The Future of Education: Peacham's elementary school future

02/27/07 12:00AM By Steve Zind
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(Host) All this week, VPR is examining the future of education in Vermont - from the factors driving up school budgets to different ways to pay for education

Declining enrollment is affecting many schools, but it's a critical concern to the state's smallest schools, where the loss of just a few students can put a heavy strain on taxpayers.

Some towns have chosen consolidation as a way to address the problem, others are exploring different alternatives.

VPR's Steve Zind visited Peacham, where a discussion is underway about what to do about the local elementary school.

(Sounds of school)

(Zind) The one-story brick Peacham Elementary School sits at the edge of a village considered one of New England's most picturesque. There's a huddle of cars outside in the parking lot and off in the corner a single school bus. The bus is enough to take the entire student body to and from school and on field trips. There are only 36 students in kindergarten through 6th grade classes at the school.

(Wendy Olcott-Nelson) "When this addition was built in, I believe it was 1993, we had just over 90 students. The number has gradually declined ever since."

(Zind) Wendy Olcott Nelson is principal of the Peacham Elementary. She says when it reached the point where there were just three or four students in a grade, classes were combined.

The building now also houses about a dozen pre-schoolers. Olcott Nelson says there have been some shrinking pains over the years, but overall a school the size of Peacham's has advantages in the attention students get and the bonds that develop.

John Bacon is superintendent of the school district that includes Peacham. Bacon says there's also a downside to the districts smallest elementary school in terms of the economy of scale. A Peacham teacher might have a class of ten students - half the size of an elementary school class in a neighboring town.

(Bacon) "And so the cost of that teacher is spread across fewer students. And if you have a school nurse, a librarian, a guidance counselor, busing, a hot lunch program, a principal, the costs of those are spread out over the total number of students in the school, and in Peacham, cost per pupil therefore goes up."

(Zind) Bacon says as a small school Peacham does receive additional support money from the state. But declining enrollment in recent years has led to some soul searching by the school board and members of the community.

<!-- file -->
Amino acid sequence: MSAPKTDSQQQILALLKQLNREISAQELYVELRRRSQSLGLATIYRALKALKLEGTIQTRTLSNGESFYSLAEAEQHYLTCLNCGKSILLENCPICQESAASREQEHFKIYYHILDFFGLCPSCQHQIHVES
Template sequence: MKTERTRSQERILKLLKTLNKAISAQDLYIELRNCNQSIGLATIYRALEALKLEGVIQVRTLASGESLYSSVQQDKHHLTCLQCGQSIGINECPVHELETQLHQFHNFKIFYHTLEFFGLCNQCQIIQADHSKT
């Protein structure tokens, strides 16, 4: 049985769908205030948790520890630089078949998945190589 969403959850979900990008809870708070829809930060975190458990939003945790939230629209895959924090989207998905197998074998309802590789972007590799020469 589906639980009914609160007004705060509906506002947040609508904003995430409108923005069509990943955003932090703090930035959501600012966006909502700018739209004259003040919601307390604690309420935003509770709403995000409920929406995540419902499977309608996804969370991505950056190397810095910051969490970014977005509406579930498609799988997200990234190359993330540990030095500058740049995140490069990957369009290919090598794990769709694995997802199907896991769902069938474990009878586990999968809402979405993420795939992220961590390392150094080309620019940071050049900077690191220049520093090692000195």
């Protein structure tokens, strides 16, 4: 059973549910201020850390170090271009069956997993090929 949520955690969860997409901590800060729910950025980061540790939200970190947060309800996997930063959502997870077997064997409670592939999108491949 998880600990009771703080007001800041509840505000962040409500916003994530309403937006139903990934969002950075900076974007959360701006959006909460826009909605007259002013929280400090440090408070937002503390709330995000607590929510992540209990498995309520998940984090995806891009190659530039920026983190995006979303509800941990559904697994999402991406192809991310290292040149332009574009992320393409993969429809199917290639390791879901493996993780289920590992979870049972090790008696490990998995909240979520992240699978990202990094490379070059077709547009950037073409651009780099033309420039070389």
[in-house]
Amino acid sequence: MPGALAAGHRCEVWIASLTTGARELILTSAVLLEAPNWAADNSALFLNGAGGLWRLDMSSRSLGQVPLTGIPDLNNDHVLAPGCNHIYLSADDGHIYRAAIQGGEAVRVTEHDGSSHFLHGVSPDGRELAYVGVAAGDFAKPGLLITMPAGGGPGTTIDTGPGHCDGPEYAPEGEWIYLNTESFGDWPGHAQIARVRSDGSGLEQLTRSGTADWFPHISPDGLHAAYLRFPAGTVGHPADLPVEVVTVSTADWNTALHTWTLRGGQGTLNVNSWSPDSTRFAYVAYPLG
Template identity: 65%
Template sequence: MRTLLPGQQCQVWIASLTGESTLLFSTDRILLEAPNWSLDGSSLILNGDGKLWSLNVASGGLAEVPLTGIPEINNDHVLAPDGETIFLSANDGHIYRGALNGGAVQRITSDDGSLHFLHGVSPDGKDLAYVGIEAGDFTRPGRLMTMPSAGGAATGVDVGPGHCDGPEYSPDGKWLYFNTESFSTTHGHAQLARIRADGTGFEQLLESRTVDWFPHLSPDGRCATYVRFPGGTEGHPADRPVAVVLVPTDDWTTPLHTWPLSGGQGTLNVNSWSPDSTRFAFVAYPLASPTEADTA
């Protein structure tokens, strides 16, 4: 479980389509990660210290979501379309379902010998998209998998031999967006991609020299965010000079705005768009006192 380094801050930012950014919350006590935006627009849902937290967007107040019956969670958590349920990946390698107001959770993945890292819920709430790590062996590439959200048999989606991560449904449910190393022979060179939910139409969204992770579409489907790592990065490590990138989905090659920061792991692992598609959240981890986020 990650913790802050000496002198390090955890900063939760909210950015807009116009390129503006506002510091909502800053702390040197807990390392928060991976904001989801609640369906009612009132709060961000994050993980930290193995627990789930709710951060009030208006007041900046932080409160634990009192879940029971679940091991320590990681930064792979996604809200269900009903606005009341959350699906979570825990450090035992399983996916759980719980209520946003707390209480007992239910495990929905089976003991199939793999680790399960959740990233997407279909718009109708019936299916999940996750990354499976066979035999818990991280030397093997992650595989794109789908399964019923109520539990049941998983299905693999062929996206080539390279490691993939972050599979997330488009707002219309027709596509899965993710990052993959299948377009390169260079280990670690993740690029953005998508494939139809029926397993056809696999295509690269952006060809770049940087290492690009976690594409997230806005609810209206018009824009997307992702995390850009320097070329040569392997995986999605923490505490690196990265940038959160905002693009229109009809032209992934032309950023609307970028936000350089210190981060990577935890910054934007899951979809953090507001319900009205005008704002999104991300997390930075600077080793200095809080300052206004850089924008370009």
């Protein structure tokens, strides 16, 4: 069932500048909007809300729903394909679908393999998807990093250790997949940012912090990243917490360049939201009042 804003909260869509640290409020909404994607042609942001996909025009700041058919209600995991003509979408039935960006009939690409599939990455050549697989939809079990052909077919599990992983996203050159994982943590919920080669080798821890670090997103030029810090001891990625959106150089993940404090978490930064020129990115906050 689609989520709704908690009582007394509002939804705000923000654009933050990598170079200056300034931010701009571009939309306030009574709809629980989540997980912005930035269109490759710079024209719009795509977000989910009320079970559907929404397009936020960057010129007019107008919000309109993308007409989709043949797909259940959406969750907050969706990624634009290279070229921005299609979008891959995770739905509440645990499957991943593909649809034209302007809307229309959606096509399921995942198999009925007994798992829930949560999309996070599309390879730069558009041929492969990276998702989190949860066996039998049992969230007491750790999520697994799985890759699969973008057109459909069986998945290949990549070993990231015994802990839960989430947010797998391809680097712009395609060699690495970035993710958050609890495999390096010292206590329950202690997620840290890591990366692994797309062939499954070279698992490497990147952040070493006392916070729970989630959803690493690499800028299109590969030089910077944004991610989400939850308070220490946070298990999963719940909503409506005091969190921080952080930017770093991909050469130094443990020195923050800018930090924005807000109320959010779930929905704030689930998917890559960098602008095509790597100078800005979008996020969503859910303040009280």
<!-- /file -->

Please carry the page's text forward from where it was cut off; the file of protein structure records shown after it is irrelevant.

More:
Last month about 60 people attended a meeting to discuss the future of the school. School board chairwoman Jo Anne Post says there still isn't a clear consensus about how the community feels about the schools future.

(Post) "We're still kind of at the stage of collecting community sentiment. I think based on that, we'll start looking in one direction or another or not looking at all."

(Zind) What seemed to emerge from the meeting was a strong feeling that having a school is important to the community.

Judy Chypre is a Peacham resident and a former schoolteacher. She says the board should be actively exploring other alternatives so it can present the information to the community. She ticks off a list of possibilities: merging with a neighboring town, tuitioning all students to another school or closing the school and reopening it as an independent or private school.

Chypre says she doesn't know what the best plan would be, but making the school independent of the district is worth investigating because it could save money and preserve the school, which is important to many people in Peacham.

(Chypre) "There is a strong group feeling that the school should stay."

(Zind) One of the ideas expressed in last month's meeting is creating more affordable housing to attract young families and boost school enrollment. Housing is more expensive in Peacham than in the surrounding communities, and that's an obstacle for families with young children who might want to relocate there.

School officials say enrollment is holding steady in Peacham for the moment. They say they want to take their time and carefully consider any proposed changes.

I'm Steve Zind in Peacham.

Note: Tomorrow night, VPR's Symposium on Education continues at 7:00pm. The 90-minute live broadcast will include reports and panel discussions exploring the issue of how to pay for education.
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